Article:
Buying a home is no simple process, as any homeowner can tell you. There’s the search, the negotiations, the bidding wars, and then when the deal is sealed there are the closing costs.

You’d think that with all the money you’re spending on a home that a small percentage wouldn’t seem like much but closing costs can range from 2% to 5% of the sale price depending on your home, your contract and your location. If you’re buying a $500,000 home, that’s anywhere from $10,000 to $25,000!

In other words, your down payment isn’t the only lump of cash you’re going to need to bring to the table when you’re purchasing a new home.

What are closing costs

Closing costs are the fees you pay to finalize your mortgage. They go to your lender in exchange for processing and servicing your loan, as well as third parties.

Here’s a list of some of the fees you might see listed in your closing costs. And note, that this is a long list, but it’s not even complete!

  • Loan application fee
  • Prepaid interest
  • Origination fee or loan fee
  • Broker fee
  • Underwriting fee
  • Mortgage insurance
  • Title search
  • Lender’s title insurance
  • Borrower’s title insurance
  • Appraisal fee
  • Credit check fee
  • Settlement or escrow agent fee
  • Attorney fee (in states where borrowers need a real estate attorney)
  • Deed recording fee
  • Property transfer tax
  • Courier fee
  • Wire transfer fee
  • Condo certification fee
  • Homeowners association certification fee
  • Loan document preparation fees
  • Prepaid homeowners insurance
  • Escrow reserves
  • Prepaid property taxes
  • Prepaid flood insurance
  • Notary fees

Some of these fees can be bundled into your loan so you won’t necessarily be paying such a large sum of money at once. But you need to be prepared to cover some of these costs when you close on your home. Talk to your lender well in advance to know what you should estimate

Can you lower closing costs?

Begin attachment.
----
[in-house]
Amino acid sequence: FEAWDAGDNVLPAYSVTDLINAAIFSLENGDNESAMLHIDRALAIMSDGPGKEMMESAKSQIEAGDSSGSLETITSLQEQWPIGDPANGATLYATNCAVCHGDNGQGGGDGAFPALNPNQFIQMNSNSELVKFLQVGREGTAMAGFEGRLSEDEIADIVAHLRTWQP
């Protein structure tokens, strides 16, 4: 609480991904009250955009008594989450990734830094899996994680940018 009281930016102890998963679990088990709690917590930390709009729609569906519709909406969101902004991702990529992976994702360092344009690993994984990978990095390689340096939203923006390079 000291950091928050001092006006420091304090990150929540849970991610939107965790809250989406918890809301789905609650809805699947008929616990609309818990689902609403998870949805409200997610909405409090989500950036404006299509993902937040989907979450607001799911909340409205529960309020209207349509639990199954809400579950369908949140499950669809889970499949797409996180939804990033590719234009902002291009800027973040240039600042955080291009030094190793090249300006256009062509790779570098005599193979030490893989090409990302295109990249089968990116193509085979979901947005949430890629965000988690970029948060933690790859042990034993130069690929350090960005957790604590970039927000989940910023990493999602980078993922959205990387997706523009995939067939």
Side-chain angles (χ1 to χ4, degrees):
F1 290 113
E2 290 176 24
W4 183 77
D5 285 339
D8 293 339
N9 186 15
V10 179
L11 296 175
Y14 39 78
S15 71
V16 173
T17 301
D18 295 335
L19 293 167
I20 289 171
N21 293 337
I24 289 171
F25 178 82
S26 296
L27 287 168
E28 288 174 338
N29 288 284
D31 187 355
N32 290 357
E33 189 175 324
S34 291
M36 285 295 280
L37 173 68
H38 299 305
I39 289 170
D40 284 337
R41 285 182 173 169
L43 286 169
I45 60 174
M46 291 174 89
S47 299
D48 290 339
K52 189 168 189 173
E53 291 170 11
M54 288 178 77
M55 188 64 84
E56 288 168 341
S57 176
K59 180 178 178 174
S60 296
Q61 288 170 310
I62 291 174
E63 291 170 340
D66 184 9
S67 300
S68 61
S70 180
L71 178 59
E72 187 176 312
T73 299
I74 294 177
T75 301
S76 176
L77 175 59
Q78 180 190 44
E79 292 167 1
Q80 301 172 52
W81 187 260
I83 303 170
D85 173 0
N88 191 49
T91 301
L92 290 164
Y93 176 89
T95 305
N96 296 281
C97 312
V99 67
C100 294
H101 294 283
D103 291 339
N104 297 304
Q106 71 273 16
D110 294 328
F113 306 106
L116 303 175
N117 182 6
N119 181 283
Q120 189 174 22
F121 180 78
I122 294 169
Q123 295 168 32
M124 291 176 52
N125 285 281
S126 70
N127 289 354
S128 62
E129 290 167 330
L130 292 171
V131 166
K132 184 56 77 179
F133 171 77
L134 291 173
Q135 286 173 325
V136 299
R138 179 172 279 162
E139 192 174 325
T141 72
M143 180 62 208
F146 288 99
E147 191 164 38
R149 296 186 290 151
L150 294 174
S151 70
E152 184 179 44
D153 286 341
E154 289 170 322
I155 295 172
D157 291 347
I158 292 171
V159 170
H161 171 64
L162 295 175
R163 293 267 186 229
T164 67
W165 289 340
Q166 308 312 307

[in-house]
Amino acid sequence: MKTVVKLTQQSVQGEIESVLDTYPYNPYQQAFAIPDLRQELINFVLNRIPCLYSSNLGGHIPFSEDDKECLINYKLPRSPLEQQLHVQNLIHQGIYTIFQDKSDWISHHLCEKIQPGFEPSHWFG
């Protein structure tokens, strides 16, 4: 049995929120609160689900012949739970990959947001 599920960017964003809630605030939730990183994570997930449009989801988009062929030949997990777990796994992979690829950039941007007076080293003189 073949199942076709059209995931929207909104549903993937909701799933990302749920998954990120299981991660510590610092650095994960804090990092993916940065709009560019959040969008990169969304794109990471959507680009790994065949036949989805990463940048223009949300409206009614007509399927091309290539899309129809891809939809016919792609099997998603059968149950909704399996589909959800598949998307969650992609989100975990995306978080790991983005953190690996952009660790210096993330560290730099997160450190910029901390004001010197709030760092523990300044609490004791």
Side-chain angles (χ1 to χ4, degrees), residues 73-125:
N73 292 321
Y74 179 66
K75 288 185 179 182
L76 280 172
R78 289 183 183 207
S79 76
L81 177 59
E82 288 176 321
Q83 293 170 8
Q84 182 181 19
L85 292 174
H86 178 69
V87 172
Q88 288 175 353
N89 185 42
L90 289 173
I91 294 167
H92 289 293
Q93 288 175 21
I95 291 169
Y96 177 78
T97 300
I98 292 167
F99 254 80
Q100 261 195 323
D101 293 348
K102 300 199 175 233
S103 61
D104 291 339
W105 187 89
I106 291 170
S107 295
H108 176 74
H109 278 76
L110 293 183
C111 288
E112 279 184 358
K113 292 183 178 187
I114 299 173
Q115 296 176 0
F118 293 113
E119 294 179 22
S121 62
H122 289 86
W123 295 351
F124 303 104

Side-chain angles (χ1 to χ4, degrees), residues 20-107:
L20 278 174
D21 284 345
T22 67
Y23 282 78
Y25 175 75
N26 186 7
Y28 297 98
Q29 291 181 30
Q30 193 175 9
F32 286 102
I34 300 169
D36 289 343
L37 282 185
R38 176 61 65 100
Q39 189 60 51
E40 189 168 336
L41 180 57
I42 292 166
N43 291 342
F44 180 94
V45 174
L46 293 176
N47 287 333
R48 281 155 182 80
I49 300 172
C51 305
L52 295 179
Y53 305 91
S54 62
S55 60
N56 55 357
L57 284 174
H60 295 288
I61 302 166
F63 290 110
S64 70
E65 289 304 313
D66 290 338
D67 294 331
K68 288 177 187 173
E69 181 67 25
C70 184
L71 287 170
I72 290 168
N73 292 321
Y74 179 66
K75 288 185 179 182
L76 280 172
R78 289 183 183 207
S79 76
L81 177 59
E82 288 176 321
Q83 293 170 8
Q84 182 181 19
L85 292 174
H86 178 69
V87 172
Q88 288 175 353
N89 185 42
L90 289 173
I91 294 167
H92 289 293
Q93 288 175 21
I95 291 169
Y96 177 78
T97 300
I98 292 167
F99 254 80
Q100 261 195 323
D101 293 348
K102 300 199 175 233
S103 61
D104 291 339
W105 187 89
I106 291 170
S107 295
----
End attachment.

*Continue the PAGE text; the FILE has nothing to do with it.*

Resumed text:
While there will always be closing costs no matter your situation, you can shop your mortgage around. You can talk to mortgage brokers, banks and other lenders to price out their closing costs and there is a chance that you could save thousands of dollars.

You could also negotiate closing costs with the seller in the purchase of your home. But, depending on the market, this might be a tough negotiation. In Florida, the market is so hot and inventory is so low currently that buyers are waving inspections, offering cash and getting into bidding wars. This type of market isn’t very ripe for closing costs negotiations. When the market is a little cooler and it’s more of a buyer’s market, that’s when you might be able to negotiate closing costs. If you want to negotiate for the seller to cover closing costs, you’ll most likely have to be more flexible in another arena.

When it comes to purchasing a home, you need all the help you can get. Many people don’t realize how much a great real estate lawyer can help them with the final negotiations and closing procedure. The minimal fees you pay a lawyer could save you thousands in the long run.

If you are ready to purchase a home or in the midst of difficult negotiations, contact us to see how we can help you navigate the sale, contract, condo association, HOA, closing costs and so much more.

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Dania S. Fernandez, Esq.
We offer legal assistance in all matters of condominium association law, homeowners and community association law, real estate litigations and transactions, residential and commercial closings, and insurance law.

We pride ourselves of our level of commitment to our clients. We love what we do, and we do it with utmost care and professionalism.

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